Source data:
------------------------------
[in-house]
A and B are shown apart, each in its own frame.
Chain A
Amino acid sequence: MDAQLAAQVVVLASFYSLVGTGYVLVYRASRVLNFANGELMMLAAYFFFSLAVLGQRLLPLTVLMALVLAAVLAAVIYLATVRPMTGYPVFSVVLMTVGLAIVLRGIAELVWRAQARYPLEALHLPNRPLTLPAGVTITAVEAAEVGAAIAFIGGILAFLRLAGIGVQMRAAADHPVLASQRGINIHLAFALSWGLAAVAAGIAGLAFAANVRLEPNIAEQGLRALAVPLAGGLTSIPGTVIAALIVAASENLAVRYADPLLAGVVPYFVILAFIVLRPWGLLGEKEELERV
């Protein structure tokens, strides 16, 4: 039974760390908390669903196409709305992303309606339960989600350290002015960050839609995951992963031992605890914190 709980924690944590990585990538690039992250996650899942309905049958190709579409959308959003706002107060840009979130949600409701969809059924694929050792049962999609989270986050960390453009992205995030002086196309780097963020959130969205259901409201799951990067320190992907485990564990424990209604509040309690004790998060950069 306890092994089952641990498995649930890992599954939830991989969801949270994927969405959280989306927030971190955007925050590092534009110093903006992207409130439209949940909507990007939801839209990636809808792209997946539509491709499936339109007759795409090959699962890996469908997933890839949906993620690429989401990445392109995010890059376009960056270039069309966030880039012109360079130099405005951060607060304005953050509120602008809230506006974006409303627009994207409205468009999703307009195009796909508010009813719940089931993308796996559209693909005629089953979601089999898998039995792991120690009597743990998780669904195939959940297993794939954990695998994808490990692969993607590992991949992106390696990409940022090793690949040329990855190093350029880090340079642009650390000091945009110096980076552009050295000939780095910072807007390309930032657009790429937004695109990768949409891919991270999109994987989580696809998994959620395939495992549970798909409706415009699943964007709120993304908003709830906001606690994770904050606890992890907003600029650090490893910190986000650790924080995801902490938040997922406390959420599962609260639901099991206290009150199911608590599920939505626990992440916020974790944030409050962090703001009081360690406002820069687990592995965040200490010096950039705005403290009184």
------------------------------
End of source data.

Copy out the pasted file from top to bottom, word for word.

[in-house]
A and B are shown apart, each in its own frame.
Chain A
Amino acid sequence: MDAQLAAQVVVLASFYSLVGTGYVLVYRASRVLNFANGELMMLAAYFFFSLAVLGQRLLPLTVLMALVLAAVLAAVIYLATVRPMTGYPVFSVVLMTVGLAIVLRGIAELVWRAQARYPLEALHLPNRPLTLPAGVTITAVEAAEVGAAIAFIGGILAFLRLAGIGVQMRAAADHPVLASQRGINIHLAFALSWGLAAVAAGIAGLAFAANVRLEPNIAEQGLRALAVPLAGGLTSIPGTVIAALIVAASENLAVRYADPLLAGVVPYFVILAFIVLRPWGLLGEKEELERV
């Protein structure tokens, strides 16, 4: 039974760390908390669903196409709305992303309606339960989600350290002015960050839609995951992963031992605890914190 709980924690944590990585990538690039992250996650899942309905049958190709579409959308959003706002107060840009979130949600409701969809059924694929050792049962999609989270986050960390453009992205995030002086196309780097963020959130969205259901409201799951990067320190992907485990564990424990209604509040309690004790998060950069 306890092994089952641990498995649930890992599954939830991989969801949270994927969405959280989306927030971190955007925050590092534009110093903006992207409130439209949940909507990007939801839209990636809808792209997946539509491709499936339109007759795409090959699962890996469908997933890839949906993620690429989401990445392109995010890059376009960056270039069309966030880039012109360079130099405005951060607060304005953050509120602008809230506006974006409303627009994207409205468009999703307009195009796909508010009813719940089931993308796996559209693909005629089953979601089999898998039995792991120690009597743990998780669904195939959940297993794939954990695998994808490990692969993607590992991949992106390696990409940022090793690949040329990855190093350029880090340079642009650390000091945009110096980076552009050295000939780095910072807007390309930032657009790429937004695109990768949409891919991270999109994987989580696809998994959620395939495992549970798909409706415009699943964007709120993304908003709830906001606690994770904050606890992890907003600029650090490893910190986000650790924080995801902490938040997922406390959420599962609260639901099991206290009150199911608590599920939505626990992440916020974790944030409050962090703001009081360690406002820069687990592995965040200490010096950039705005403290009184």